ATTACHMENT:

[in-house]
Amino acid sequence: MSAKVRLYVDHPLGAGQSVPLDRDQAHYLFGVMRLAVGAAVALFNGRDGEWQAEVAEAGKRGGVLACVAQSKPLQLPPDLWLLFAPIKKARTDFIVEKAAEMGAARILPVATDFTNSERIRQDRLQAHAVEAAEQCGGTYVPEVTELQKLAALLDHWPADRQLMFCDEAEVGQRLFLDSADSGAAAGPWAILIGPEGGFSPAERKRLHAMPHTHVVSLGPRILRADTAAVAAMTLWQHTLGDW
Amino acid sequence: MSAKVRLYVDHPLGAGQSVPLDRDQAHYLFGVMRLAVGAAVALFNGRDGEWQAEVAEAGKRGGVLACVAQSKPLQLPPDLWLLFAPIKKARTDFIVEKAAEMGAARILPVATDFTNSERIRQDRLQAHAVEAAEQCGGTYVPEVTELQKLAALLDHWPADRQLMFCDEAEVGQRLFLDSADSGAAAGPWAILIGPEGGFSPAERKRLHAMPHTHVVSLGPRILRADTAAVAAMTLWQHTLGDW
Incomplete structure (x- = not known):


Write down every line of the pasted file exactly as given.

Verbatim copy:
[in-house]
Amino acid sequence: MSAKVRLYVDHPLGAGQSVPLDRDQAHYLFGVMRLAVGAAVALFNGRDGEWQAEVAEAGKRGGVLACVAQSKPLQLPPDLWLLFAPIKKARTDFIVEKAAEMGAARILPVATDFTNSERIRQDRLQAHAVEAAEQCGGTYVPEVTELQKLAALLDHWPADRQLMFCDEAEVGQRLFLDSADSGAAAGPWAILIGPEGGFSPAERKRLHAMPHTHVVSLGPRILRADTAAVAAMTLWQHTLGDW
Amino acid sequence: MSAKVRLYVDHPLGAGQSVPLDRDQAHYLFGVMRLAVGAAVALFNGRDGEWQAEVAEAGKRGGVLACVAQSKPLQLPPDLWLLFAPIKKARTDFIVEKAAEMGAARILPVATDFTNSERIRQDRLQAHAVEAAEQCGGTYVPEVTELQKLAALLDHWPADRQLMFCDEAEVGQRLFLDSADSGAAAGPWAILIGPEGGFSPAERKRLHAMPHTHVVSLGPRILRADTAAVAAMTLWQHTLGDW
Incomplete structure (x- = not known):